Introduction to the Airy functions
In 1838, G. B. Airy investigated the simple-looking differential equation:
This is quite similar to the differential equation for the hyperbolic sine and hyperbolic cosine functions, which has the general solution . Airy built two partial solutions and for the first equation in the form of a power series . These solutions were named the Airy functions. Much later, H. Jeffreys (1928–1942) investigated these functions more deeply. The current notations Ai and Bi were proposed by J. C. P. Miller (1946).
The Airy functions and are the special solutions of the differential equation:
satisfying the following initial conditions:
These functions have different equivalent representations in the form of series or generalized hypergeometric functions. The hypergeometric representation can be conveniently used as a definition of the Airy functions.
Definition of Airy functions
The Airy functions and , and their derivatives and can be defined by:
A quick look at the Airy functions
Here is a quick look at the graphics for the Airy functions and their derivatives along the real axis.
Connections within the group of Airy functions and with other function groups
Representations through more general functions
The Airy functions and , and their derivatives and are particular cases of the more general Bessel, hypergeometric, and Meijer G functions.
The Airy functions can be represented as combinations of modified Bessel functions with argument and parameter through the formulas:
Airy functions and their derivatives can be expressed as particular cases of single generalized Meijer G functions:
They cannot be represented as cases of single classical Meijer G functions. Such representations include combinations of two classical Meijer G functions:
The best-known properties and formulas for Airy functions
Real values for real arguments
For real values of argument , the values of the Airy functions and , and their derivatives and are real.
Simple values at zero
The Airy functions and , and their derivatives and have rather simple values for argument :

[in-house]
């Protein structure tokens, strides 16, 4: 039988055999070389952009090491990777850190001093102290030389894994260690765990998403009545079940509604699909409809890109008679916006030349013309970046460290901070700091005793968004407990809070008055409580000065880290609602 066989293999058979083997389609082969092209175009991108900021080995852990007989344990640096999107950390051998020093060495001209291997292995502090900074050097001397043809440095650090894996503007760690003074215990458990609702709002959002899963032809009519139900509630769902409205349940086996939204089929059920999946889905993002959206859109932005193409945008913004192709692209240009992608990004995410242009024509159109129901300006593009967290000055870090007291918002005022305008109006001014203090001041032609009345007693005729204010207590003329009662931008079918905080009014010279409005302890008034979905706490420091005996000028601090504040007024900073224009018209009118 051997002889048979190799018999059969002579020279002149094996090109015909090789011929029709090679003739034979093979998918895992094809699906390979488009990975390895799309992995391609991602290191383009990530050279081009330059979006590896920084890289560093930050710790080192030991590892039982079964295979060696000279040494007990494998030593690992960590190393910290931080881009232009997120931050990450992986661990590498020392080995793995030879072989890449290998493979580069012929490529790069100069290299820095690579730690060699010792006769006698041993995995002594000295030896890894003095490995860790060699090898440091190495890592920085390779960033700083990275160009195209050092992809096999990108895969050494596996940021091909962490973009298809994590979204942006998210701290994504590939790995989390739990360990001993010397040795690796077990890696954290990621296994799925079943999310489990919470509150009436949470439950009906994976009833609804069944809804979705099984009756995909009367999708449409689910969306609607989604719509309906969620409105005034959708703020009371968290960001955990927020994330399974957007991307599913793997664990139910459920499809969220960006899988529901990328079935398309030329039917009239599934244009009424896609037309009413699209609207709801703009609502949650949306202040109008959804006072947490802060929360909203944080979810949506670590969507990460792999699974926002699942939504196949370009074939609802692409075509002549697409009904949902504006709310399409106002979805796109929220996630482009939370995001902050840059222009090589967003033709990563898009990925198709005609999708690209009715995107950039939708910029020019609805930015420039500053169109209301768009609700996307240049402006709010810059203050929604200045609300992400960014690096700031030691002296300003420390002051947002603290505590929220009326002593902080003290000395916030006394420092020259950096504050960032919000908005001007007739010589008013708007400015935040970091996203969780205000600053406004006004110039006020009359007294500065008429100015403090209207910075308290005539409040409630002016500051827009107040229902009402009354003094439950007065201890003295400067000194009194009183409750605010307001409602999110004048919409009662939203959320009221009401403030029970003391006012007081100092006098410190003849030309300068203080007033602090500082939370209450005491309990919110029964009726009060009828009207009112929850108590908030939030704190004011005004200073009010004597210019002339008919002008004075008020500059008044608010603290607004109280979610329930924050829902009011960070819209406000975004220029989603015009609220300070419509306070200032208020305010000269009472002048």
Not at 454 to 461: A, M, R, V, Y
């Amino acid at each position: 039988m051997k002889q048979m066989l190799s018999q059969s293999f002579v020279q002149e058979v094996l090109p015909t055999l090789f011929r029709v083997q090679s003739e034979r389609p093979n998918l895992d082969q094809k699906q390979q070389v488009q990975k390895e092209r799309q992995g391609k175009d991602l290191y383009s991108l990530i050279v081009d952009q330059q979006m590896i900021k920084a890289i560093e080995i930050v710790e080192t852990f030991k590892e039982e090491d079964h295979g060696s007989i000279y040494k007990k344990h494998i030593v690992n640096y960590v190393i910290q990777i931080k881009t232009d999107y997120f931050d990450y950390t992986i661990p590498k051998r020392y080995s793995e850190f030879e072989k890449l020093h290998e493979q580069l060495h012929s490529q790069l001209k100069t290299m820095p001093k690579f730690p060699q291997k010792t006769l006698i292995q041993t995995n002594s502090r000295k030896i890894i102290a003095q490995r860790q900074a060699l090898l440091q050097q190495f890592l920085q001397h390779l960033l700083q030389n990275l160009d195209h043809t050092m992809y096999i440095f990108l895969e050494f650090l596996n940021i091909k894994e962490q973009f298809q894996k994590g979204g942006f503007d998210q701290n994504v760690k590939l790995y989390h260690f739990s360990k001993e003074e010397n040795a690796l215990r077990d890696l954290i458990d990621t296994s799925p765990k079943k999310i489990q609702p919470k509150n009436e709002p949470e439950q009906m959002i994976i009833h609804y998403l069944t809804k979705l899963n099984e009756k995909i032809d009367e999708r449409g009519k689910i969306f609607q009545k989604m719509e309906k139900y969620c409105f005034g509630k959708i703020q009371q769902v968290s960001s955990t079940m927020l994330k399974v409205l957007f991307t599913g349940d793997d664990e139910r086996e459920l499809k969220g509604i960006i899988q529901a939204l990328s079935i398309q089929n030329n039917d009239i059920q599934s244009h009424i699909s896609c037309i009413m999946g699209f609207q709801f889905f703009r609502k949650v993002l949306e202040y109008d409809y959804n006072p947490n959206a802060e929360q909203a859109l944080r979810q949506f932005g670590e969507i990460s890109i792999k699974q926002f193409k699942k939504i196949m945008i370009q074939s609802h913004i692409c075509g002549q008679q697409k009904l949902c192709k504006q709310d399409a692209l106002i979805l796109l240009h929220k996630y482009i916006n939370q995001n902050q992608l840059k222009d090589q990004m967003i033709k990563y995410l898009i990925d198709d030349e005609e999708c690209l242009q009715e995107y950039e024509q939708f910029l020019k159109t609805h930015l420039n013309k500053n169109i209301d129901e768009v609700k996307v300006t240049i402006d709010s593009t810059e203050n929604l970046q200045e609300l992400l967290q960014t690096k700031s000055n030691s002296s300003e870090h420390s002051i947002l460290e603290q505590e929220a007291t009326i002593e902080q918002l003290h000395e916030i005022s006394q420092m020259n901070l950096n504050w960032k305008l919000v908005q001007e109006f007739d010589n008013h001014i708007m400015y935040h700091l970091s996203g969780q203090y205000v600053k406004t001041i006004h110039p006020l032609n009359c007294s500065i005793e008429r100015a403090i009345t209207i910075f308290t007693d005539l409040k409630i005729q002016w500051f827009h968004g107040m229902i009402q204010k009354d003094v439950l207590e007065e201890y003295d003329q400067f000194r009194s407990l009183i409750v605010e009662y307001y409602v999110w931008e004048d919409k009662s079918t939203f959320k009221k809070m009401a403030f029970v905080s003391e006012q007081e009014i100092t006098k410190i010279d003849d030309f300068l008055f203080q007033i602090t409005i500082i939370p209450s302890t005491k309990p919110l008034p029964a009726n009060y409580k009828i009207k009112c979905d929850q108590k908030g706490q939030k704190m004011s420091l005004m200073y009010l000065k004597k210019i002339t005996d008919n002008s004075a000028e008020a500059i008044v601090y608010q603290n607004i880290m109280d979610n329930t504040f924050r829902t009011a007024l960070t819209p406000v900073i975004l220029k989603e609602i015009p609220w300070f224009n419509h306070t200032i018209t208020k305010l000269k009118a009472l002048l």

The Airy functions and , and their derivatives and defined for all complex values of , are analytic functions of over the whole complex ‐plane, and do not have branch cuts or branch points. These functions are entire functions with an essential singular point at .
The Airy functions and , and their derivatives and are not periodic functions.
Parity and symmetry
The Airy functions and , and their derivatives and have mirror symmetry:
The Airy functions and , and their derivatives and have rather simple series representations at the origin:
These series converge at the whole ‐plane and their symbolic forms are the following:
Two sums in the previous formulas can be combined into one formula, and the resulting formulas can be rewritten as follows:
Interestingly, closed-form expressions for the truncated version of the Taylor series at the origin can be expressed in terms of the generalized hypergeometric function , for example:
Asymptotic series expansions
The asymptotic behavior of the Airy functions and can be described through formulas that depend on the sector of (Stokes phenomenon). The following formulas are examples of asymptotic expansions that are valid for (for and ) and for the sector (for and ):
By using discontinuous functions such as , it is possible to write single expansions that are valid for all directions:
The Airy functions and , and their derivatives and have rather simple integral representations through sine, cosine, and power functions:
The argument of the Airy functions and , and their derivatives and can be simplified for third roots:
Simple representations of derivatives
The derivatives of the Airy functions and , and their derivatives and have simple representations that can also be expressed through Airy functions:
The symbolic -order derivatives have more complicated representations in terms of the regularized hypergeometric function :
The Airy functions and appeared as special solutions of the simple-looking linear second-order differential equation:
where and are arbitrary constants.
Additional restrictions on and lead to corresponding Airy functions:
Similar properties are valid for derivatives of Airy functions:
Applications of Airy functions
Applications of Airy functions include quantum mechanics of linear potential, electrodynamics, electromagnetism, combinatorics, analysis of the algorithmic complexity, optical theory of the rainbow, solid state physics, radiative transfer, and semiconductors in electric fields.